Last week, I was being driven to court by one of our very good drivers. I have a deliberate habit of speaking to them on issues to do with personal development when I get time.
One of the days I challenged them to read one book at least per month. I sent dozens of books to their WhatsApp platforms. (If you want free eBooks, you can also join my Inspirational eBooks groups on WhatsApp).
I asked him, how many books he had read, and the answer was “none”.
The explanation was that it’s hard. This answer gave birth to a talk, which today I will further share with you, “stop doing what is easy! Start doing what is hard. The very things that you find hard to do are the things that will change your life.”
Stop doing what is easy!
You see, if you do what is easy, your life will be hard. But, if you do what is hard, your life will be easy.
Watching TV is easy; in fact, you do not need to do anything, but to just sit. In fact, television has advanced such that you do not necessarily need a television set in front of you; you can just stream from your phone or computer.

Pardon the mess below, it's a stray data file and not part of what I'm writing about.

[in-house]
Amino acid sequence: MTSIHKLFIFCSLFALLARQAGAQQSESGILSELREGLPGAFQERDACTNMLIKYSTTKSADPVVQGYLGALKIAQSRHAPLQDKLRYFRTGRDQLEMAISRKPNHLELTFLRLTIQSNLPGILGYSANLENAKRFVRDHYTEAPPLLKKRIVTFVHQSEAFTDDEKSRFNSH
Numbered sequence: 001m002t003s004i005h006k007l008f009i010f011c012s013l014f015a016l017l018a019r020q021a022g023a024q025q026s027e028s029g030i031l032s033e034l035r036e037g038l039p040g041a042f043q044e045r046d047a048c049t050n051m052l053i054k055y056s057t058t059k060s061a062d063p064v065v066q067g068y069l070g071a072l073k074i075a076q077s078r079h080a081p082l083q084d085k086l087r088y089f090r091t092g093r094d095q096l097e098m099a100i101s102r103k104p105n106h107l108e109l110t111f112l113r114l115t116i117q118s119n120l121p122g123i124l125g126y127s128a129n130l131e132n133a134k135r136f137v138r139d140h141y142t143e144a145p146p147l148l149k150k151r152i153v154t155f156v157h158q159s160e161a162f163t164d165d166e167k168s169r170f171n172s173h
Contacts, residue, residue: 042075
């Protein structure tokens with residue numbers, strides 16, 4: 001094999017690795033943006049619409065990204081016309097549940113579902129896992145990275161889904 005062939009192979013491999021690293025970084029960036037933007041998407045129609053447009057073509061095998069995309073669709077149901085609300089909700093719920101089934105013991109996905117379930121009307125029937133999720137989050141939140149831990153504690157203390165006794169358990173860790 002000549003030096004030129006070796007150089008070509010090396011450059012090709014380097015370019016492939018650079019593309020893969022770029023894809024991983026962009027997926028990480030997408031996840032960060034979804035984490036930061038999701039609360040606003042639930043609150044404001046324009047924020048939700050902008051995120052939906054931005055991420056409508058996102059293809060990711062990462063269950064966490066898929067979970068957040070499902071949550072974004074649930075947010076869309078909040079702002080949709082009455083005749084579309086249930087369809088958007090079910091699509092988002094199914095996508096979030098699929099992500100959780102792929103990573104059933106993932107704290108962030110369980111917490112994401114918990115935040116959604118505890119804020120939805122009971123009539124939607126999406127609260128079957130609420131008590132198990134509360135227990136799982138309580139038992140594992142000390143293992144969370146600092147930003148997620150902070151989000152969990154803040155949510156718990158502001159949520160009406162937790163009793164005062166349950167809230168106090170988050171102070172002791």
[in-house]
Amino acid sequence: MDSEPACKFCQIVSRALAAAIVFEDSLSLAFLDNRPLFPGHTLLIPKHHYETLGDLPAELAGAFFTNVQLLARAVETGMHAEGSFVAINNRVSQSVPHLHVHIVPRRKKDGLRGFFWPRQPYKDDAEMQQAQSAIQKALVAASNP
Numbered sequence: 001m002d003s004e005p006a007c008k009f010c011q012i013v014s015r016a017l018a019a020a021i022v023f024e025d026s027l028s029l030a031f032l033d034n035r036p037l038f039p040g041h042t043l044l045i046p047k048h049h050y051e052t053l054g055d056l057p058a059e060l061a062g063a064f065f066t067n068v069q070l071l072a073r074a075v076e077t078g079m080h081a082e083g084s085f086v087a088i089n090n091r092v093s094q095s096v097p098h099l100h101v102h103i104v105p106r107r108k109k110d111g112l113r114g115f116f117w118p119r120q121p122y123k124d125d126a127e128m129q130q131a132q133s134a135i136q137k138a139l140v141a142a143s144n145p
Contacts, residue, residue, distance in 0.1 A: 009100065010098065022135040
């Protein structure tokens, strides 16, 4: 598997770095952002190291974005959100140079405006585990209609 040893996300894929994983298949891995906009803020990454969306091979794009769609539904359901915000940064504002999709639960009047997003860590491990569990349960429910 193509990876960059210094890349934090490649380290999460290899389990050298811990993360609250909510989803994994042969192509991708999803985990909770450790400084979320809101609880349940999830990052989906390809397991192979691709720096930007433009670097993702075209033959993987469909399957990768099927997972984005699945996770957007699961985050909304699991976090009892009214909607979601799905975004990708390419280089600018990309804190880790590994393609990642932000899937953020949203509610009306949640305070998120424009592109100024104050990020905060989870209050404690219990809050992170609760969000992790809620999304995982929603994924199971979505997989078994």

It’s easy to sleep extended hours and do nothing. It’s also easy to spend time with people who are unproductive, and spend considerable amounts of time with no serious progress recorded.
There are so many things that are easy to do yet they do not take us anywhere in life, and even an inch closer to our goals.
There is no growth
in what is easy
You do not grow by doing what is easy; you grow by doing what is hard. It is the thing or things that you often find hard to do that will actually change your life. Waking up early to read and exercise is hard.
Working into the night is not easy.
Planning when other people are playing is not easy.